The second truth is that Priya Ramani could well have lost this battle. Had she not been backed by the brilliance of her lawyer, Rebecca John, by the testimonies and stories of other Akbar-victims (Ghazala Wahab, Pallavi Gogoi, to name two in a long list), by the media, by the stirrings of the “collective conscience”, the judgment could have gone another way. Recall how screenwriter, Vinta Nanda’s rape charges against Alok Nath panned out. Nanda’s searing account of rape resulted in a counter move by actor Alok Nath, who filed a defamation suit against Nanda. The defamation law enabled the accused to hound his victim further – this time legally. The trigger effect was that in January 2019, the sessions court ruled that the rape case against Alok Nath was lodged on the basis of a “defamatory” and “false” report of complainant Vinta Nanda, and that it’s a case of “personal vendetta”.
There is something deeply discomforting when the discharge of justice looks like a lucky break. The more justice appears as an outcome of conjunctures and fortuitous constellations, the less sure we should feel about its future trajectory. Till a law like the defamation law remains intact, the conduct of free and fearless speech will always be in peril each time a victim of sexual harassment, a journalist, an activist, a motivated citizen speaks truth to power.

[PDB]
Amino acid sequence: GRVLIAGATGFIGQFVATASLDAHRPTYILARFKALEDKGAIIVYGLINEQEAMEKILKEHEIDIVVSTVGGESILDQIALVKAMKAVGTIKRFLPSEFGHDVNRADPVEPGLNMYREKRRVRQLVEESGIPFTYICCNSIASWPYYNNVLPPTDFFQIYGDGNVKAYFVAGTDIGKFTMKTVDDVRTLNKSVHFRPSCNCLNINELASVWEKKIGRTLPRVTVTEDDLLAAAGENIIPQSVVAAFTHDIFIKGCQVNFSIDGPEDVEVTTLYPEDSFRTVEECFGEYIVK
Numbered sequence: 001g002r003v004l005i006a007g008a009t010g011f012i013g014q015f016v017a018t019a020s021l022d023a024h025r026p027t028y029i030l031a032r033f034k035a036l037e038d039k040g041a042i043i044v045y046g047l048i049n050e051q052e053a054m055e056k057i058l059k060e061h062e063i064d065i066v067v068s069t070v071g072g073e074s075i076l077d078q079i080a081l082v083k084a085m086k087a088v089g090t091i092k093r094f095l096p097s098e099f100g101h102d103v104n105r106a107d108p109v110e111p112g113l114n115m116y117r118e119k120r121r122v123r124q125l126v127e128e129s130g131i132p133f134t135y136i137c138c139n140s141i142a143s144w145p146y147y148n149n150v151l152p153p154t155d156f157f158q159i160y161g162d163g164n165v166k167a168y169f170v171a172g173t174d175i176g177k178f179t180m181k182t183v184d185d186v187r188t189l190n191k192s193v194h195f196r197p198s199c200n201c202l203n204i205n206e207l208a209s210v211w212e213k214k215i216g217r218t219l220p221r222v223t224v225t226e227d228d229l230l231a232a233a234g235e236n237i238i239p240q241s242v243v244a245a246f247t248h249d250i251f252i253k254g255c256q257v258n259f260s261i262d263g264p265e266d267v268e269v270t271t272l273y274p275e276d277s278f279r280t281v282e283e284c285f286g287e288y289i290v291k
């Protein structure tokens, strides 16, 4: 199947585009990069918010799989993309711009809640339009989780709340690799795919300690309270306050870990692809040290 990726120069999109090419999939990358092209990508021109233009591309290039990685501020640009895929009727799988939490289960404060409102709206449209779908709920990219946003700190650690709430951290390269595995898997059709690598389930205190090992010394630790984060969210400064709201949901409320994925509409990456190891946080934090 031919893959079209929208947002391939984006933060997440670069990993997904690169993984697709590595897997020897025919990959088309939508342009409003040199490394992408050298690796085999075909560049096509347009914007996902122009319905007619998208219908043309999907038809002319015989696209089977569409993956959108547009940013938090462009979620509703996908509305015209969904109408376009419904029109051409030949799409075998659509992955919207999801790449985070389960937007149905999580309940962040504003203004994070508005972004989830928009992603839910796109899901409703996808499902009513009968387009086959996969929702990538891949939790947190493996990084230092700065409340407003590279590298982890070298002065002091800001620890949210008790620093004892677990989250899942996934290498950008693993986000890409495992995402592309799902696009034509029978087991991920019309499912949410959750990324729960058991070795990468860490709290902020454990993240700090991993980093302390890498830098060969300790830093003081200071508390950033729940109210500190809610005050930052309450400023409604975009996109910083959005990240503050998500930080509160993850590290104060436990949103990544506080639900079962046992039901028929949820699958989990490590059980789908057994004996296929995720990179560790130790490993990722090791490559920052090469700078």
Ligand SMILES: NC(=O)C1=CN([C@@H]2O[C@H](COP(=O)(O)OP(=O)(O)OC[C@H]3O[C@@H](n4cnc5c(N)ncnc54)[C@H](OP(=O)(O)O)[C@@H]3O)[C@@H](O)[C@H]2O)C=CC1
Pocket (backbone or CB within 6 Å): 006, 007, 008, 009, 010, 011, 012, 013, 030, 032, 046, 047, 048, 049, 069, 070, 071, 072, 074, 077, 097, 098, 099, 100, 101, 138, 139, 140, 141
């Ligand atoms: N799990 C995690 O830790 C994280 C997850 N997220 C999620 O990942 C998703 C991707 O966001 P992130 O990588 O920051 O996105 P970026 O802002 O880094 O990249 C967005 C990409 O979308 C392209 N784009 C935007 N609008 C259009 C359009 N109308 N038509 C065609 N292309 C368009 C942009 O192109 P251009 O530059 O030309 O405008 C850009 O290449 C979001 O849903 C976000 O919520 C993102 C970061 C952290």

The Indian defamation law (covered under IPC Sections 499 and 500 and Sections 199(1) to 199(4) of the CrPc) fall under the rubric of what is globally referred to as SLAPP (strategic law against public participation) suits. A SLAPP suit is intended to intimidate and silence a party from speaking freely and fearlessly. The strategy is to exhaust resources and morale, generally including exorbitant claims for damages and allegations designed to smear, harass and overwhelm activists and/or civil society organisations.